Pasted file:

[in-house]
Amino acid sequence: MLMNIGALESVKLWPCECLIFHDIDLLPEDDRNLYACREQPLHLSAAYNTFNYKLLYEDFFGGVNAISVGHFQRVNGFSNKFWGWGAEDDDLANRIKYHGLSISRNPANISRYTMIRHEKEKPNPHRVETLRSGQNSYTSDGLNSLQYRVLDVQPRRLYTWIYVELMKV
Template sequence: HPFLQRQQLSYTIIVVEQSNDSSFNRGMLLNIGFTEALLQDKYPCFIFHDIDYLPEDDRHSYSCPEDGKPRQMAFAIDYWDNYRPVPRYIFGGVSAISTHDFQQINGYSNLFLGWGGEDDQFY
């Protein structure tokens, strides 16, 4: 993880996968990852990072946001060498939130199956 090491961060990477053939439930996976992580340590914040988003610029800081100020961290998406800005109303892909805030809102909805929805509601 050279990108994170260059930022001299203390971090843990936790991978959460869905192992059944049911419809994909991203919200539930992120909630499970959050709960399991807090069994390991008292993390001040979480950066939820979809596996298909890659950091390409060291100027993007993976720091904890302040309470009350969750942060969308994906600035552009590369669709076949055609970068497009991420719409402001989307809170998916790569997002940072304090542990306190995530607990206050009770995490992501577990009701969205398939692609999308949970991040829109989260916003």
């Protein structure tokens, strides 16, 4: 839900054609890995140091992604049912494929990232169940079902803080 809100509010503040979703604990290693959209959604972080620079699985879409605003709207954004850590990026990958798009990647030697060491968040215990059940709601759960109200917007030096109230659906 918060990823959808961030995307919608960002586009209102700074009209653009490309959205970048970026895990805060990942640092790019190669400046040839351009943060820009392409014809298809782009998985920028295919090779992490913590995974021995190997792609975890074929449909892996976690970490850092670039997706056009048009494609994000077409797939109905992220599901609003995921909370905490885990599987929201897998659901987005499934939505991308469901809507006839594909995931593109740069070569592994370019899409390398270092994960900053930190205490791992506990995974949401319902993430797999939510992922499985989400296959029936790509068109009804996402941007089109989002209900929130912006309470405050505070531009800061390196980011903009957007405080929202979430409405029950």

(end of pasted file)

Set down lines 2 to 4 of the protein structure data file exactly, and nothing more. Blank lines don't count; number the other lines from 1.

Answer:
Amino acid sequence: MLMNIGALESVKLWPCECLIFHDIDLLPEDDRNLYACREQPLHLSAAYNTFNYKLLYEDFFGGVNAISVGHFQRVNGFSNKFWGWGAEDDDLANRIKYHGLSISRNPANISRYTMIRHEKEKPNPHRVETLRSGQNSYTSDGLNSLQYRVLDVQPRRLYTWIYVELMKV
Template sequence: HPFLQRQQLSYTIIVVEQSNDSSFNRGMLLNIGFTEALLQDKYPCFIFHDIDYLPEDDRHSYSCPEDGKPRQMAFAIDYWDNYRPVPRYIFGGVSAISTHDFQQINGYSNLFLGWGGEDDQFY
């Protein structure tokens, strides 16, 4: 993880996968990852990072946001060498939130199956 090491961060990477053939439930996976992580340590914040988003610029800081100020961290998406800005109303892909805030809102909805929805509601 050279990108994170260059930022001299203390971090843990936790991978959460869905192992059944049911419809994909991203919200539930992120909630499970959050709960399991807090069994390991008292993390001040979480950066939820979809596996298909890659950091390409060291100027993007993976720091904890302040309470009350969750942060969308994906600035552009590369669709076949055609970068497009991420719409402001989307809170998916790569997002940072304090542990306190995530607990206050009770995490992501577990009701969205398939692609999308949970991040829109989260916003």